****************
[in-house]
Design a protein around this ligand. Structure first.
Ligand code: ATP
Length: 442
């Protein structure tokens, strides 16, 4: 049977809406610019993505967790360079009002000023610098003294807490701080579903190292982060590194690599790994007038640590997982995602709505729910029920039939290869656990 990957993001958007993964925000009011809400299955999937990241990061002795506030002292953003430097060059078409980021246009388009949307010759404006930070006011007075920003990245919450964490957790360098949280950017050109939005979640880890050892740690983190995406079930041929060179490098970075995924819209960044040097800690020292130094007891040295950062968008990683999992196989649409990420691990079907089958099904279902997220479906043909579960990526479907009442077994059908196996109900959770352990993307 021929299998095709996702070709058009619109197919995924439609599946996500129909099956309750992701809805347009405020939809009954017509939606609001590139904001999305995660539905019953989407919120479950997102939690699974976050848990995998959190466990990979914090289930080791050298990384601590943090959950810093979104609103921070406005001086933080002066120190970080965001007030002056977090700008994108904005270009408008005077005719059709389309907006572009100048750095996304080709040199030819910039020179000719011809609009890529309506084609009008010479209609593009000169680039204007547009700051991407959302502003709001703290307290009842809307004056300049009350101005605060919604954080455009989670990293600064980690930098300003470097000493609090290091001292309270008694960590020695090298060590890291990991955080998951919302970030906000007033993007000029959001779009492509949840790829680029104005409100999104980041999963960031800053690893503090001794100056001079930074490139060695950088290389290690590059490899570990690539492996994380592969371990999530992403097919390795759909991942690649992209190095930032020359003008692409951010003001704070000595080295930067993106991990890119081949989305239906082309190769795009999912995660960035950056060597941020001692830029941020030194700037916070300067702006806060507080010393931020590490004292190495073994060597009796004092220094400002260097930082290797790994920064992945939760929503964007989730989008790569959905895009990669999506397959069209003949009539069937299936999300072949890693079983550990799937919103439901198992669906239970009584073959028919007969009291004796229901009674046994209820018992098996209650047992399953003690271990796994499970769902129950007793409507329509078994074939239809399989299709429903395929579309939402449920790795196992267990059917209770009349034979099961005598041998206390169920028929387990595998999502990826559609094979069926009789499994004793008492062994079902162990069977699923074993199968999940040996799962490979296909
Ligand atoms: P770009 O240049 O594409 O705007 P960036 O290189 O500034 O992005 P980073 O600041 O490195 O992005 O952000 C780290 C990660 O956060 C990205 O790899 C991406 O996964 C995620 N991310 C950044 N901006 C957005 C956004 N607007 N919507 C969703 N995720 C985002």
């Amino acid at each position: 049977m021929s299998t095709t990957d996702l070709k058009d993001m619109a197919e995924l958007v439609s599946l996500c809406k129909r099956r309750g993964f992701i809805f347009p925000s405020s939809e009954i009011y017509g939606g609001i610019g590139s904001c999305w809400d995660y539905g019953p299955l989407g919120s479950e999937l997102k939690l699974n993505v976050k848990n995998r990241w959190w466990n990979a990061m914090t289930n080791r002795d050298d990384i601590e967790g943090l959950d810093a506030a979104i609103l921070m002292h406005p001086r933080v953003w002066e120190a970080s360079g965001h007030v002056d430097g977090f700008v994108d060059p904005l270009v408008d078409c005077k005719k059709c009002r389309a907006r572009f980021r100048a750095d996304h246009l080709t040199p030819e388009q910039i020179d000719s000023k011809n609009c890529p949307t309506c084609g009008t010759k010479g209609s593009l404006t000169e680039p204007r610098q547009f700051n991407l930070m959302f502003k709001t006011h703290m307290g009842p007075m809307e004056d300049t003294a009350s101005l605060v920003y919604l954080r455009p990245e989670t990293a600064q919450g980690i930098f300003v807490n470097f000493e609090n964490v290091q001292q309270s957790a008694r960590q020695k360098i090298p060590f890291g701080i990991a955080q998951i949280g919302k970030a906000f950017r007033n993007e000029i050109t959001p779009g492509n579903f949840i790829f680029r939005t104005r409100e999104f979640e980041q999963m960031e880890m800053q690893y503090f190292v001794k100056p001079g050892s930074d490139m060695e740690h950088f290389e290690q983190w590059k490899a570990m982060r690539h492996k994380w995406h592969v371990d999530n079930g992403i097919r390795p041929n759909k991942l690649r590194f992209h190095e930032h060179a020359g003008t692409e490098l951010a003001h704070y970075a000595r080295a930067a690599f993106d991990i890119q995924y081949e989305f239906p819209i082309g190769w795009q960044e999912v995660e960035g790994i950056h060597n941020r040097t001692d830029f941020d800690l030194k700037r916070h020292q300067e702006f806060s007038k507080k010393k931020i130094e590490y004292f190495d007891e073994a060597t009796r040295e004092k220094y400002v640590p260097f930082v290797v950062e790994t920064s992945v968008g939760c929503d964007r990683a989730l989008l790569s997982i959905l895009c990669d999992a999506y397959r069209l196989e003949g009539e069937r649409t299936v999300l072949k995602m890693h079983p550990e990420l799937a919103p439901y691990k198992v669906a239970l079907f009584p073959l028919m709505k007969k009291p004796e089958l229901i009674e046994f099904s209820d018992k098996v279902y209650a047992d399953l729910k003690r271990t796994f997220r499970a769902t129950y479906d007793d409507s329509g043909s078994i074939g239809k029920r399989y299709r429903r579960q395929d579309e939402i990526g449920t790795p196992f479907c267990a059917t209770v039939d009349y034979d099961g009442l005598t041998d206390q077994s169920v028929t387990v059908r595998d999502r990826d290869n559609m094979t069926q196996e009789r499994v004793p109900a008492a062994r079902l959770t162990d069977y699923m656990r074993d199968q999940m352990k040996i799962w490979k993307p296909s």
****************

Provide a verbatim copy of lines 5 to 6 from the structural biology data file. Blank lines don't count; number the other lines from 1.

């Protein structure tokens, strides 16, 4: 049977809406610019993505967790360079009002000023610098003294807490701080579903190292982060590194690599790994007038640590997982995602709505729910029920039939290869656990 990957993001958007993964925000009011809400299955999937990241990061002795506030002292953003430097060059078409980021246009388009949307010759404006930070006011007075920003990245919450964490957790360098949280950017050109939005979640880890050892740690983190995406079930041929060179490098970075995924819209960044040097800690020292130094007891040295950062968008990683999992196989649409990420691990079907089958099904279902997220479906043909579960990526479907009442077994059908196996109900959770352990993307 021929299998095709996702070709058009619109197919995924439609599946996500129909099956309750992701809805347009405020939809009954017509939606609001590139904001999305995660539905019953989407919120479950997102939690699974976050848990995998959190466990990979914090289930080791050298990384601590943090959950810093979104609103921070406005001086933080002066120190970080965001007030002056977090700008994108904005270009408008005077005719059709389309907006572009100048750095996304080709040199030819910039020179000719011809609009890529309506084609009008010479209609593009000169680039204007547009700051991407959302502003709001703290307290009842809307004056300049009350101005605060919604954080455009989670990293600064980690930098300003470097000493609090290091001292309270008694960590020695090298060590890291990991955080998951919302970030906000007033993007000029959001779009492509949840790829680029104005409100999104980041999963960031800053690893503090001794100056001079930074490139060695950088290389290690590059490899570990690539492996994380592969371990999530992403097919390795759909991942690649992209190095930032020359003008692409951010003001704070000595080295930067993106991990890119081949989305239906082309190769795009999912995660960035950056060597941020001692830029941020030194700037916070300067702006806060507080010393931020590490004292190495073994060597009796004092220094400002260097930082290797790994920064992945939760929503964007989730989008790569959905895009990669999506397959069209003949009539069937299936999300072949890693079983550990799937919103439901198992669906239970009584073959028919007969009291004796229901009674046994209820018992098996209650047992399953003690271990796994499970769902129950007793409507329509078994074939239809399989299709429903395929579309939402449920790795196992267990059917209770009349034979099961005598041998206390169920028929387990595998999502990826559609094979069926009789499994004793008492062994079902162990069977699923074993199968999940040996799962490979296909
Ligand atoms: P770009 O240049 O594409 O705007 P960036 O290189 O500034 O992005 P980073 O600041 O490195 O992005 O952000 C780290 C990660 O956060 C990205 O790899 C991406 O996964 C995620 N991310 C950044 N901006 C957005 C956004 N607007 N919507 C969703 N995720 C985002």